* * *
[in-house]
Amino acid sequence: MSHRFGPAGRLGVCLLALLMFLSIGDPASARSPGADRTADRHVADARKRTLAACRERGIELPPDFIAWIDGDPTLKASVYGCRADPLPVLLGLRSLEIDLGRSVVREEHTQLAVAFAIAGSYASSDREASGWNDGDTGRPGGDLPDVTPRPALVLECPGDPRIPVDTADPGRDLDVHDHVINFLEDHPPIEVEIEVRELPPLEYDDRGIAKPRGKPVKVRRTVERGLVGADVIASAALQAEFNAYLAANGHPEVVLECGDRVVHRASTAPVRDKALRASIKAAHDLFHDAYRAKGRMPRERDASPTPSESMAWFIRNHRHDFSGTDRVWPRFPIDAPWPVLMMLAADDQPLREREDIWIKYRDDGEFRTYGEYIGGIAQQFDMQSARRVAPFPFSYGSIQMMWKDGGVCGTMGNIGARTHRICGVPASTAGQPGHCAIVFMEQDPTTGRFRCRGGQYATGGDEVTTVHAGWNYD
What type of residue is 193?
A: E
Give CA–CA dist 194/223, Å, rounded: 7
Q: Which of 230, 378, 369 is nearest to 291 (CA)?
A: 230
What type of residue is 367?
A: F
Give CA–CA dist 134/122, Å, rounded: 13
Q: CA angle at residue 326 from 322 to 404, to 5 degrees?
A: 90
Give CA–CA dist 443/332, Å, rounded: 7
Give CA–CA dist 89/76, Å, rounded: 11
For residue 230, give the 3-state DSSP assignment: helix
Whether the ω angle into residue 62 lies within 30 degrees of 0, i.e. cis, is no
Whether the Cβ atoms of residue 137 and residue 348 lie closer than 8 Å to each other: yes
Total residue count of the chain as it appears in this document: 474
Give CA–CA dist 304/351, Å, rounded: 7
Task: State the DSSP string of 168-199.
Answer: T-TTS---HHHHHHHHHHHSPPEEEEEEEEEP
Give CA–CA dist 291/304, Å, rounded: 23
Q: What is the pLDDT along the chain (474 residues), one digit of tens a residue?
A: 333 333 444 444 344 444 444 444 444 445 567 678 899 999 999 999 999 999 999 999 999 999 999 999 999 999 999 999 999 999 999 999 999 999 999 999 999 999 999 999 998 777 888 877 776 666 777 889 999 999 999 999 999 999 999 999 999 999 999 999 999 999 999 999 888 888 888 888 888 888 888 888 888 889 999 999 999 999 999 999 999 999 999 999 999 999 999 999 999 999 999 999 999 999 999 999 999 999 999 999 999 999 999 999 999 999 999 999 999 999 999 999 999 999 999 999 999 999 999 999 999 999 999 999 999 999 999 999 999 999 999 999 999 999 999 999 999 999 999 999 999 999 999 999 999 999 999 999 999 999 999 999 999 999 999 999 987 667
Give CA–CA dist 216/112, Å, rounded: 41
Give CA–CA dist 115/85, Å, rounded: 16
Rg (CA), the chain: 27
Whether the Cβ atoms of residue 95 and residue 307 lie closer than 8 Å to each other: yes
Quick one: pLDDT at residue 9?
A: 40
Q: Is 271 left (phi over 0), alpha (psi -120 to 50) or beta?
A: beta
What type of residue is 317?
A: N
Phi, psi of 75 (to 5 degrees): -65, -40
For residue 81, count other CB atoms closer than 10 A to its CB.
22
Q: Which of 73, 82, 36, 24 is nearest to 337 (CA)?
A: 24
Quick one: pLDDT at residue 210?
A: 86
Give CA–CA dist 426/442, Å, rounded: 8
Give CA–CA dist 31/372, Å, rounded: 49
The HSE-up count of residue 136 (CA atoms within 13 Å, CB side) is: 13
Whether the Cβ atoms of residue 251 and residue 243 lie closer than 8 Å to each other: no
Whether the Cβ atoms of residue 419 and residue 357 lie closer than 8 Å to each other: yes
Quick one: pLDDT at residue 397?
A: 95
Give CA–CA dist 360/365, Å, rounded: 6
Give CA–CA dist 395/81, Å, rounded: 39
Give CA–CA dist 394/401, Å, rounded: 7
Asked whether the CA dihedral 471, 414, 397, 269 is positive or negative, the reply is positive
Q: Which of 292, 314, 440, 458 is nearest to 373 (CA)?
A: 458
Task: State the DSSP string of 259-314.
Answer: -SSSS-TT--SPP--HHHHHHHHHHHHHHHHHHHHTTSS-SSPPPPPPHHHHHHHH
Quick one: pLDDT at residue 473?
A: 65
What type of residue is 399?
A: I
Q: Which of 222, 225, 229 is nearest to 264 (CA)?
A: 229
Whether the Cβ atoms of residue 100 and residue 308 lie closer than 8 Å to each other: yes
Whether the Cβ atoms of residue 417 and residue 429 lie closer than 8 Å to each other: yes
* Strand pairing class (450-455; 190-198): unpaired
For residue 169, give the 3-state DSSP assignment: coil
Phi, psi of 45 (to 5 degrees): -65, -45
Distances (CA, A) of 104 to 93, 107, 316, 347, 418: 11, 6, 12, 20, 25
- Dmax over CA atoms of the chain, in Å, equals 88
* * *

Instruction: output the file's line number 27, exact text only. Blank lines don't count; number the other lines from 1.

Rg (CA), the chain: 27